• Fede Montagud, editor

    The moisturizer as a vehicle for medication

    9 Dec The moisturizer as a vehicle for medication




    New Scientist

    It is not easy to penetrate the skin's protective barrier, as it is our defence against toxins and other external damage.  But the fact that certain components in moisturizers can cross this barrier could be used to deliver medication for certain skin disorders.


    US researchers have used regular shop-bought moisturizer as a vehicle to deliver anti-cancer particles to within the epidermis. The scientists prepared, and mixed in with moisturizer, gold cores surrounded by nucleic acid nanoparticles (siRNA) that targeted the genes responsible for rapid cancer cell growth. Once applied to the skin, the active ingredients proved to be highly effective. The simplicity implied by using moisturizers rather than liposomes or peptides for delivery opens up a new avenue for gene therapy to treat skin inflammations and melanoma.

  • Fede Montagud, editor

    Melanoma, the ongoing scourge

    5 Dec Melanoma, the ongoing scourge



    El País

    International experts are warning us yet again: the number of melanoma cases is growing fast. Too much sun is considered to be the most direct cause of melanoma, which develops in the skin and can be fatal. Prevention is the best way to fight skin cancers. So what can we do to avoid developing melanoma?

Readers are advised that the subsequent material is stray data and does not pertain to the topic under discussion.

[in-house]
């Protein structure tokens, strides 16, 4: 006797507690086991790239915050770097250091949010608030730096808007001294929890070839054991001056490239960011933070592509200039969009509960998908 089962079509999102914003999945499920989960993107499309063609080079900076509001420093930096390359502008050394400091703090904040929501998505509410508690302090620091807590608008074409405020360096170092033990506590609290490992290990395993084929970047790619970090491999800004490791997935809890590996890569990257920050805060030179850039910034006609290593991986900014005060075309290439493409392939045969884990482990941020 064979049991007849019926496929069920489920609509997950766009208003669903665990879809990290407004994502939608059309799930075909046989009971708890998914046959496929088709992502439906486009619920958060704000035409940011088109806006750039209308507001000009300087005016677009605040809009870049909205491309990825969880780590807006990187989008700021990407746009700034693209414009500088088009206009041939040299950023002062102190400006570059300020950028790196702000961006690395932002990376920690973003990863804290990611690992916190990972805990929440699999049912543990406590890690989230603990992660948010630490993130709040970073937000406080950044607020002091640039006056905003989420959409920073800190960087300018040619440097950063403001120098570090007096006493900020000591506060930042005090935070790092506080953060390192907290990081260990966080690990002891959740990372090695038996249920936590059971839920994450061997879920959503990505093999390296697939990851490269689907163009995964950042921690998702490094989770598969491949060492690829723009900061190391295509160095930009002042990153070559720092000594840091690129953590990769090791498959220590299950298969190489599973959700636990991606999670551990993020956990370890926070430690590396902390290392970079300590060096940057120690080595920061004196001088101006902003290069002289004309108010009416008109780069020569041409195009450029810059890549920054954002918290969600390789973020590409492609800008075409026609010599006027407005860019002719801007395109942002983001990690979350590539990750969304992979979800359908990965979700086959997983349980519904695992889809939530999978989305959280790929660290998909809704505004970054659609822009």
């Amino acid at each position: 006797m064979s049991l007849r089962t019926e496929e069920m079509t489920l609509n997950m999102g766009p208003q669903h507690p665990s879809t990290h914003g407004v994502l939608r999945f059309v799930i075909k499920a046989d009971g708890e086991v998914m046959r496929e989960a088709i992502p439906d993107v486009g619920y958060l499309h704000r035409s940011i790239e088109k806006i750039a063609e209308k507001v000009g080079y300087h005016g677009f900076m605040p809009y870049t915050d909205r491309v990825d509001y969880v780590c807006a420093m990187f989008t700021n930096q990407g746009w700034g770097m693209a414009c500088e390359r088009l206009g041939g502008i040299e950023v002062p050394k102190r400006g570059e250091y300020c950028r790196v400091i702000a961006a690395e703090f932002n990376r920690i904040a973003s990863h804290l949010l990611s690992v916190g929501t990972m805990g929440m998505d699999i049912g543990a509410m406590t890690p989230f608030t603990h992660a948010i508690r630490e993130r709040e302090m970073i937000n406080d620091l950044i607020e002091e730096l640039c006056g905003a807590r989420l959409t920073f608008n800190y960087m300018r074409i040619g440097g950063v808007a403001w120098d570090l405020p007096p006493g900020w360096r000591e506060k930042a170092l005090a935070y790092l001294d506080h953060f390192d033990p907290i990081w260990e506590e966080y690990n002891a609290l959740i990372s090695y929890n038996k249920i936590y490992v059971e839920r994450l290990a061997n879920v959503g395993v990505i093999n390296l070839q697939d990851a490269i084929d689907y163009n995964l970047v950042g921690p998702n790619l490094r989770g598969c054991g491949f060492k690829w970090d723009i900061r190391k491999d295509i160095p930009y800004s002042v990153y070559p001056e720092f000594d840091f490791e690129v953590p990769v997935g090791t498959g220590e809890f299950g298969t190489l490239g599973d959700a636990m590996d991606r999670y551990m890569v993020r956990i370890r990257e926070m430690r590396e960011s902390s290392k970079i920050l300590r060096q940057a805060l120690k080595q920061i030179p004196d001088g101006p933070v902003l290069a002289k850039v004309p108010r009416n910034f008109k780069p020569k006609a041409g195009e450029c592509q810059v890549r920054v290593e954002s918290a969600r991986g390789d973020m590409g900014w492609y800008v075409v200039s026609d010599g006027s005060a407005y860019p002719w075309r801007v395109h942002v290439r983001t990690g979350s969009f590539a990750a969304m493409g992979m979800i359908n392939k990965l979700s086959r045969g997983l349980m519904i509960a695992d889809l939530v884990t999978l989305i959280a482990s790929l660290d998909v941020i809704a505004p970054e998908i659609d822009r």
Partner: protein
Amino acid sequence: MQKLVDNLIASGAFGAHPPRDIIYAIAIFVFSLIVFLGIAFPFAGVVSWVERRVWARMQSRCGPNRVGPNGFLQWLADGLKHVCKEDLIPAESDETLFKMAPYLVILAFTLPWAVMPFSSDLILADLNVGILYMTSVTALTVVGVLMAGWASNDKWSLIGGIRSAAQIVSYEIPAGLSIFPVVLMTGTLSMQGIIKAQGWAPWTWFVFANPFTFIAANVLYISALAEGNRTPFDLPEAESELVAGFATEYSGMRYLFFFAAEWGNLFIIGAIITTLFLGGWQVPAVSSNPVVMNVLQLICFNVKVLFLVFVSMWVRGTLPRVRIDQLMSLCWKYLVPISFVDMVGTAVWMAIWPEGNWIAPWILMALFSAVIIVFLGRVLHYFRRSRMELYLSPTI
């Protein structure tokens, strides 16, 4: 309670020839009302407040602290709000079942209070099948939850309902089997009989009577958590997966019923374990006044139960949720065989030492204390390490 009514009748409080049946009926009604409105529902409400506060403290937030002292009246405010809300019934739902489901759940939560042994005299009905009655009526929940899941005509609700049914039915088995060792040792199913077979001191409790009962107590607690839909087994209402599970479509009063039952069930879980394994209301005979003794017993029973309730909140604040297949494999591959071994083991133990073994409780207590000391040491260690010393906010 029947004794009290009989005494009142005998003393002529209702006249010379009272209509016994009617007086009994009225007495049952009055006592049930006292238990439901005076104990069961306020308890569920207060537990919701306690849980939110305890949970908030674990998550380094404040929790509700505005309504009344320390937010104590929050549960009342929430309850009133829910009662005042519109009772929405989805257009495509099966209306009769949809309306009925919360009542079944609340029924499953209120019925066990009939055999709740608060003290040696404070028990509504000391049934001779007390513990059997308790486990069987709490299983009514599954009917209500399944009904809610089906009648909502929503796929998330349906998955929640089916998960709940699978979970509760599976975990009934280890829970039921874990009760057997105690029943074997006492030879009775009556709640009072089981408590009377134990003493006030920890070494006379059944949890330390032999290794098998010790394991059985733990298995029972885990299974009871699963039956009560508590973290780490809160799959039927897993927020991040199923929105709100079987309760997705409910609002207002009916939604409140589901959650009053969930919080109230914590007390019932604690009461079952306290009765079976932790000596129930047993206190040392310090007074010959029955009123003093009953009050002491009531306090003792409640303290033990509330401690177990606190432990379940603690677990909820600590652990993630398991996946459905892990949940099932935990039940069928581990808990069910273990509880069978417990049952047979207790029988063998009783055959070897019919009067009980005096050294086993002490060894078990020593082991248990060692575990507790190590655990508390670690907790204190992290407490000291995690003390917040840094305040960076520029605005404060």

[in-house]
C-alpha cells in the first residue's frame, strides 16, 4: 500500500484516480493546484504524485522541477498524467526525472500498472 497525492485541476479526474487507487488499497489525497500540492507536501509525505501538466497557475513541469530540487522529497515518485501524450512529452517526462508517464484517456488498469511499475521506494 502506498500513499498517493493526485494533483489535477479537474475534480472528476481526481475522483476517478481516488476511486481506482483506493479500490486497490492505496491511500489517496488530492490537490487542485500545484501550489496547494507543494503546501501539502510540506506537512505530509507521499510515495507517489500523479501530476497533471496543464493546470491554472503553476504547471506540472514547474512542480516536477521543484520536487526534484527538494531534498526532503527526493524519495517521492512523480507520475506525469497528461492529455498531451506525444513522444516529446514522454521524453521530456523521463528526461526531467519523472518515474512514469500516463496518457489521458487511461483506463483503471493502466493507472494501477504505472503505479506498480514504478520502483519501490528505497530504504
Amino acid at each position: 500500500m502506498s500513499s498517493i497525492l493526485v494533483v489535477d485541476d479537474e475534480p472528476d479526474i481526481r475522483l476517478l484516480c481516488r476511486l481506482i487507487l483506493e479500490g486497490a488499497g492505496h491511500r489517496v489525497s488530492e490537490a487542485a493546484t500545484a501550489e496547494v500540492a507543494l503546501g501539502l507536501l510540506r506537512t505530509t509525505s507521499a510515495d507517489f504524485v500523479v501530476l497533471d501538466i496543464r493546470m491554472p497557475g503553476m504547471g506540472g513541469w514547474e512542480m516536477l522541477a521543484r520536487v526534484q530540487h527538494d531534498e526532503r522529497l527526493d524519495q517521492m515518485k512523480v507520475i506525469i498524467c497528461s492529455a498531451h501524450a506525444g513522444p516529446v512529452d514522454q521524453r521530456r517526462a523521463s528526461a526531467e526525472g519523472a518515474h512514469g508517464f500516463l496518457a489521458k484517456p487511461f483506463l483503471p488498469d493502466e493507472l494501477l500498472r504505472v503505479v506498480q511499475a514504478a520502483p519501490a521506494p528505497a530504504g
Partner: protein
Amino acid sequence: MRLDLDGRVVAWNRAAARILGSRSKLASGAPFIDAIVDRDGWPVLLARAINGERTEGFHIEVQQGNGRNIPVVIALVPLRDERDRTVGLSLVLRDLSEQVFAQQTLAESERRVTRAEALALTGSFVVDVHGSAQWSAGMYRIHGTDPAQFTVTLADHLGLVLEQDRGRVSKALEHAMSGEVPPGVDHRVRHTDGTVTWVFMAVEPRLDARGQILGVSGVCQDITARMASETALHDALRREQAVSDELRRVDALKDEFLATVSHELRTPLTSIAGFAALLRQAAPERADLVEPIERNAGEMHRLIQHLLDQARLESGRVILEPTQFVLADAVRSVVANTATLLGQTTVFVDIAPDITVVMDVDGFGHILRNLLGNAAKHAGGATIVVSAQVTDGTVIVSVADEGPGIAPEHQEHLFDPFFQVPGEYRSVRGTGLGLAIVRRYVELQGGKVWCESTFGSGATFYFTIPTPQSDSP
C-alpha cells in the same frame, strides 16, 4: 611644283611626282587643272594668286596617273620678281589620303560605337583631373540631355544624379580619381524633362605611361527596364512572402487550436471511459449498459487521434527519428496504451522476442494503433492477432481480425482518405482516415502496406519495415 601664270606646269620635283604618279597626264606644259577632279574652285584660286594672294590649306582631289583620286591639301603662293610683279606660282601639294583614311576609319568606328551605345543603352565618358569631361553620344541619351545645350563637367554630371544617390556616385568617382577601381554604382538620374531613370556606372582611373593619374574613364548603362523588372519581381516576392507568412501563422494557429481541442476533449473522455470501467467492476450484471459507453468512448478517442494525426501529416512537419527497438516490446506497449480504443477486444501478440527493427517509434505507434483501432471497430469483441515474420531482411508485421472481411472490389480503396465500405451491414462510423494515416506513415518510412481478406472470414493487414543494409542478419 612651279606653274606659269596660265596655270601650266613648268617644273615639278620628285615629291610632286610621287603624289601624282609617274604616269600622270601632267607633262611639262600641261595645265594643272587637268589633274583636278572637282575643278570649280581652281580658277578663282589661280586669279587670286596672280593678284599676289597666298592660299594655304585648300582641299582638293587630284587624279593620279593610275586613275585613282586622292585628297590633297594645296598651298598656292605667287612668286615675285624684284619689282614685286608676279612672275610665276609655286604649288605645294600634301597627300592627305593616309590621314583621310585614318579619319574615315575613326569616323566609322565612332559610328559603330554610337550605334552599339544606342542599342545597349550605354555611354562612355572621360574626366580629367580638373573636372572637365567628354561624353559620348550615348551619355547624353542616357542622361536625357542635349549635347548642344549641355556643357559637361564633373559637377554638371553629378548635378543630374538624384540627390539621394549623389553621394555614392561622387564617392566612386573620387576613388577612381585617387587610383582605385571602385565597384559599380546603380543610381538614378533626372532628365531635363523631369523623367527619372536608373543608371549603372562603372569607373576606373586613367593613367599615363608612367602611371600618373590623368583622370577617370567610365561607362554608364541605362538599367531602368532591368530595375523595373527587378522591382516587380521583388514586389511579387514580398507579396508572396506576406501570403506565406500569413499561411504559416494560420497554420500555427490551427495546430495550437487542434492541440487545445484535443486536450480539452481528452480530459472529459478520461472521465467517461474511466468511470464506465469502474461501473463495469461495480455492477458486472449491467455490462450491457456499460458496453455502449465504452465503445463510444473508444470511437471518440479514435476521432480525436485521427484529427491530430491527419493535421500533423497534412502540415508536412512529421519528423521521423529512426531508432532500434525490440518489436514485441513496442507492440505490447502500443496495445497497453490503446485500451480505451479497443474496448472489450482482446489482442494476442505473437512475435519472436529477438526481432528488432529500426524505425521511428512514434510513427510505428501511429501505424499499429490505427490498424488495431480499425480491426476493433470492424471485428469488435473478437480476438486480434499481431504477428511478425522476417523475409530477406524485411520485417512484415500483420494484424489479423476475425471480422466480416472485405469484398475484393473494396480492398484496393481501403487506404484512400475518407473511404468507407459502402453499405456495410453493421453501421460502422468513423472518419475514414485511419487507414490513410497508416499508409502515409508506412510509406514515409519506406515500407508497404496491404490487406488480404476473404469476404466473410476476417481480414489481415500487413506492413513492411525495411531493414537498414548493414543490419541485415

Skin cancers are the most frequent kind of cancer; 30% of Spanish people, for example, develop some form of this cancer. Melanoma is the most aggressive kind and, unfortunately, is the one that is experiencing most growth. These are the conclusions of the 6th World Meeting of Interdisciplinary Melanoma Skin Cancer Centres, which brought together around 1000 doctors and researchers from all over the world in Barcelona last November. Read More

  • Núria Estapé, science journalist

    Tanning beds: high-risk tans

    People who use artificial sunlight to get a tan in record time may pay a heavy price in the long run. This is demonstrated by recent studies that link exposure to ultraviolet radiation from tanning beds with a high risk of developing skin cancer.


    “May cause cancer”: this message, displayed in tanning beds in some countries, warns of the risks of exposure to artificial ultraviolet radiation. By now, 11 European countries (Spain in 2002) have banned minors from using tanning beds, with the state of California in the USA following suit more recently. Even more dramatically, in 2009 Brazil totally banned tanning beds (for both adults and children). Such restrictions are not unwarranted. Read More

  • Elisabet Salmerón, science journalist

    More sun – more age spots

    12 Sep



    Mayo Clinic

    Age Spots

    It is important to protect the skin from the sun, as it promotes skin ageing and the appearance of blemishes, especially after the age of 40. Do such blemishes affect our health? Is there any way to prevent them?


    Time does not forgive. As we get older our skin changes: it becomes increasingly drier and thinner and the number of wrinkles and blemishes increases. These age spots, or solar lentigines, are the result of years of exposure to sunlight or other forms of ultraviolet light (for instance, in tanning booths). They usually occur in the most exposed areas of the skin (the back of the hands, the face, shoulders, forearms and feet). Read More